The two competitors went back and forth encroaching close to the 20-minute time-limit. Cody locked in a figure-four and a lengthy roll of reversals took place. They eventually rolled into the ropes for a break. OC exploded for a Beach Break on the apron.

Cody was out. OC barely beat the count rolling Cody back into the ring. Cody was a sly one though as he suckered OC for a pin only to counter with a crucifix pin. They got up to hit a double clothesline with 1 minute remaining.

Cody countered OC’s Superman punch, but OC countered Cody’s Cross Rhodes into a swinging DDT. OC hit Beach Break. 1, 2, Cody got his shoulder up. 10 seconds left. OC ran for a Superman punch. His leg collapsed before lift off. Cody went for Cross Rhodes, and OC countered him again. This time it was a Mouse Trap pin. 1, 2, ding, ding, ding. The time limit expired before 3. Cody retained the TNT title in a draw. A rematch was later announced in two weeks.

Look, it’s no secret that I don’t care for Cassidy’s style. There is too much play time to make it work for me. I didn’t particularly like this match, but there were things I can appreciate. Cassidy’s tactics were clearly mind games rather than laziness. The contest did hold my attention throughout. There were plenty of cool moves. The injuries created drama. The down to the wire finish was exciting.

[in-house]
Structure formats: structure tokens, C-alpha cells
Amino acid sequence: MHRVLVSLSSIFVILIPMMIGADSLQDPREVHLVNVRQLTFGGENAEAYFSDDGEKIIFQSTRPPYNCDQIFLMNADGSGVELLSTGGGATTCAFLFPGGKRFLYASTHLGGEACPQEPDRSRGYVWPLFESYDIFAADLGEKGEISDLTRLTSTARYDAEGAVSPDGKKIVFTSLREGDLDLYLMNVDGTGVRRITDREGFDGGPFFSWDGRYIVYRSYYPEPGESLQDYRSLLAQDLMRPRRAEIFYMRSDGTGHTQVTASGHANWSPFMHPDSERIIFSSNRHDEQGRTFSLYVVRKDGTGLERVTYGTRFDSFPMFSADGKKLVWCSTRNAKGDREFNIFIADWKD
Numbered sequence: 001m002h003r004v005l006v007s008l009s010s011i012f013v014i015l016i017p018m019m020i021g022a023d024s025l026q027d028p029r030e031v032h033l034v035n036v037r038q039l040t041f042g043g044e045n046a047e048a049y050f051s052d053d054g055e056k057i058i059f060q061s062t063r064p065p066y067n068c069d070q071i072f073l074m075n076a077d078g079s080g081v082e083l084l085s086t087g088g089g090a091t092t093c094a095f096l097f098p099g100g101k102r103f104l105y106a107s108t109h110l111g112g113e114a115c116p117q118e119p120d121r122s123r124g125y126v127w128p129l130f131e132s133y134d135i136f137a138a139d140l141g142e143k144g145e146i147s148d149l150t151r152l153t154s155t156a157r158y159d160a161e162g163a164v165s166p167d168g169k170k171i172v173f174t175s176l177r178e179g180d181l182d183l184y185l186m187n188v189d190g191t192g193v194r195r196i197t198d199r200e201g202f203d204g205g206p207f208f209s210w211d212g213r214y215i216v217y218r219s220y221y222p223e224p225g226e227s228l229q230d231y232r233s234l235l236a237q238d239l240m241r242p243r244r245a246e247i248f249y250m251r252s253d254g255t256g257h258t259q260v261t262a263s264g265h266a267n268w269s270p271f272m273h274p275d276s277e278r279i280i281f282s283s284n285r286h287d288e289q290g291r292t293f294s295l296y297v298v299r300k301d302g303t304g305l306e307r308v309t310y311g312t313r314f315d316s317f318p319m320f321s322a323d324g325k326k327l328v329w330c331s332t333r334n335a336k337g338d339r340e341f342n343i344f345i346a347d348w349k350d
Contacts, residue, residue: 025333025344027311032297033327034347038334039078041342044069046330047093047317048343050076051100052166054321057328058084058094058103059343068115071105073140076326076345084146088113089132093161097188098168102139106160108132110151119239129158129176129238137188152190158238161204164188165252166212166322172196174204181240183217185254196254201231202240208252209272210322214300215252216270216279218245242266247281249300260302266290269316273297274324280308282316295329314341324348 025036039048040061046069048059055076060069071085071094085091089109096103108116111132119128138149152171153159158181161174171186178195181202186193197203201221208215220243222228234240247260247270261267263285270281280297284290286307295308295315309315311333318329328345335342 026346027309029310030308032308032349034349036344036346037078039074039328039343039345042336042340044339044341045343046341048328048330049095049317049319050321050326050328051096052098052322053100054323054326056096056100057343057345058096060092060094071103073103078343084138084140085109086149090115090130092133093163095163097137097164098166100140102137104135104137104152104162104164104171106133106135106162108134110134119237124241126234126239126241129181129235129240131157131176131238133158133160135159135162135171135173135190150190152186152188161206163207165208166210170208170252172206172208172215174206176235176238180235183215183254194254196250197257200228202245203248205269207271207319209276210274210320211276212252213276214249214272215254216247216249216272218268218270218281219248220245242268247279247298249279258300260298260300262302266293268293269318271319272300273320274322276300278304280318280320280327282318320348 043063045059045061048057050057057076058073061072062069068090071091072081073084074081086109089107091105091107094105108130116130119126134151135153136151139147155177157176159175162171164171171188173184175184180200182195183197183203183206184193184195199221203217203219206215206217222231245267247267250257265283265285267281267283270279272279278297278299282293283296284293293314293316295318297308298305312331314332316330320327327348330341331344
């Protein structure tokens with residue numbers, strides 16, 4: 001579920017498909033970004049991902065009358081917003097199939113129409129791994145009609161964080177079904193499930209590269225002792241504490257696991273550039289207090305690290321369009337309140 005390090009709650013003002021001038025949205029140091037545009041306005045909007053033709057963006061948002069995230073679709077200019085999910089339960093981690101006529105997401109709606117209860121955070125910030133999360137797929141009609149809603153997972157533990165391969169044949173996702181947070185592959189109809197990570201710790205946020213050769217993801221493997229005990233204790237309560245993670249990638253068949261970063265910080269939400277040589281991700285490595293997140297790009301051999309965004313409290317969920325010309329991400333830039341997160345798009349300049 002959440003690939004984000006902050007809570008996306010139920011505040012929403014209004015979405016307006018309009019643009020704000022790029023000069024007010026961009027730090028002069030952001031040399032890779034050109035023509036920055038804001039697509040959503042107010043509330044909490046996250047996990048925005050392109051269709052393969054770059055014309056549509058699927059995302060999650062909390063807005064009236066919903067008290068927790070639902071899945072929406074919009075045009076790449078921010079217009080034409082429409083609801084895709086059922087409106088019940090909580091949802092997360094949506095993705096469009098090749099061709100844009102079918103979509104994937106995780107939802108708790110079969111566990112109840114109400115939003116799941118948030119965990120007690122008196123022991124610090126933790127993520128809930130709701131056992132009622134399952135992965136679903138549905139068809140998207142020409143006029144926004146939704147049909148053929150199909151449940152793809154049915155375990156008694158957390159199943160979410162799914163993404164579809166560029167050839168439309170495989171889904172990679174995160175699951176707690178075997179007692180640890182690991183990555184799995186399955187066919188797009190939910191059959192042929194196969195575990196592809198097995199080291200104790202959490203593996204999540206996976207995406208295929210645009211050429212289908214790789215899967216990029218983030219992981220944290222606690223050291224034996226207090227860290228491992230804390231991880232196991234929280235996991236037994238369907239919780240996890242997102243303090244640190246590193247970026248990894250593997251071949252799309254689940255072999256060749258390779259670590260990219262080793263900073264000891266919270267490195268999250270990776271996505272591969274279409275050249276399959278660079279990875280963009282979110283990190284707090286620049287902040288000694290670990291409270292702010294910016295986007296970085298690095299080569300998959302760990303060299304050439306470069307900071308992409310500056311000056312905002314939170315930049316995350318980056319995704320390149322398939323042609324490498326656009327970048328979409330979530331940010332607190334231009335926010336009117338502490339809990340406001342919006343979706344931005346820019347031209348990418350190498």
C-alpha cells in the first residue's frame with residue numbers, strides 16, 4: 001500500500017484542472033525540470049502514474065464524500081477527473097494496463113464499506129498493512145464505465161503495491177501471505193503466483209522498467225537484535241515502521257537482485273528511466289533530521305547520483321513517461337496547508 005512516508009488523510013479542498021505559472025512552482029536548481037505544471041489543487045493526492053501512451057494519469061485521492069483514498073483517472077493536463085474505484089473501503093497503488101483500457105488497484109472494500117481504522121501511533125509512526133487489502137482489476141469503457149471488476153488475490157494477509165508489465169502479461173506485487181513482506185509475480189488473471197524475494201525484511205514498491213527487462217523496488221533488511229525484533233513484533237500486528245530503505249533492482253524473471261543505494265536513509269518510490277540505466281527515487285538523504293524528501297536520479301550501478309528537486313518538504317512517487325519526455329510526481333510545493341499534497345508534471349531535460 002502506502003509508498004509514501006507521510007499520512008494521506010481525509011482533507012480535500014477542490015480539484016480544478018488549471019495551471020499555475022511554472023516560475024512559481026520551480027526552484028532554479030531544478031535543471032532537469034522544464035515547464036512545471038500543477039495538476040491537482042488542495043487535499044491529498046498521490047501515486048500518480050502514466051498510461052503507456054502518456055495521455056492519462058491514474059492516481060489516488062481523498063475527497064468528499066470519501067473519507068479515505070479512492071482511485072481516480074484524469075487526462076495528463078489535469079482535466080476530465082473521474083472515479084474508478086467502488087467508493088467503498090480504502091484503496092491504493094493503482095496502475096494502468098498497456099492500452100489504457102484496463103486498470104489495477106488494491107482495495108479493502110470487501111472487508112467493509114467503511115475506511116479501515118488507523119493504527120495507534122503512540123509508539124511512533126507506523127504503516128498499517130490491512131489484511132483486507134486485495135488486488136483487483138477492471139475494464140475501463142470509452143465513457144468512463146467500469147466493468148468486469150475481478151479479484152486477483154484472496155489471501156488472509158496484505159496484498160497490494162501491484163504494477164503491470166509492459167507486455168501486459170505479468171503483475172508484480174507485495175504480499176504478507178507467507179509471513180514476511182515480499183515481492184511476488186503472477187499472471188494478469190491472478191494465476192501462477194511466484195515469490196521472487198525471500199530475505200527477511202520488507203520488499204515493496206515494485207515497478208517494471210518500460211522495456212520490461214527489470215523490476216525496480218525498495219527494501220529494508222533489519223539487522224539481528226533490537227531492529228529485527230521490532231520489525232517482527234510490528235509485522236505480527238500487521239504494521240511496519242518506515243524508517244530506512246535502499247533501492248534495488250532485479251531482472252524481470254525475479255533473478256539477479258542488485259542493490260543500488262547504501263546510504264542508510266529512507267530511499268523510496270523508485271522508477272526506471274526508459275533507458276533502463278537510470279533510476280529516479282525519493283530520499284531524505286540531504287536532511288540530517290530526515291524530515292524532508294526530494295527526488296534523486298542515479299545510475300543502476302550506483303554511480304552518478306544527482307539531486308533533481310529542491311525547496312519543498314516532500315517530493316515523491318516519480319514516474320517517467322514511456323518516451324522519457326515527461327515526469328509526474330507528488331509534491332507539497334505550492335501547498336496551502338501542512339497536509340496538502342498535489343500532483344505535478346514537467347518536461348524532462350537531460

There were also two other instances of note. First, Darby Allin was scouting from the seats high above. It was announced that he will get a TNT title shot at the Full Gear PPV on November 7. I don’t really want to see OC as champ, but I am intrigued by the idea of OC versus Allin. Darby won’t be one to slow his pace and allow Cassidy to play his game. I’m curious how OC would handle that.

The second was a Dark Order sighting. The full crew, minus Mr. Brodie Lee, was front row. They crossed over the guardrail at one point, but no contact was made with Cody. The referee ejected the Dark Order. John Silver stole the TNT title and ran around. OC snatched it from him and gave it back to Arn Anderson. That showed Cassidy as a good soul when he passed the opportunity to hit Cody with the belt while the referee was distracted.

Shida rolls on

Hikaru Shida put her Women’s Championship on the line against Big Swole. Shida controlled much of the pace with suplexes and strikes. She was clearly the better fighter. Swole had one big offensive flurry of a roundhouse kick, a cutter on the entrance stage, and a cutter in the ring. Shida ducked Dirty Dancing for a dope straitjacket German suplex.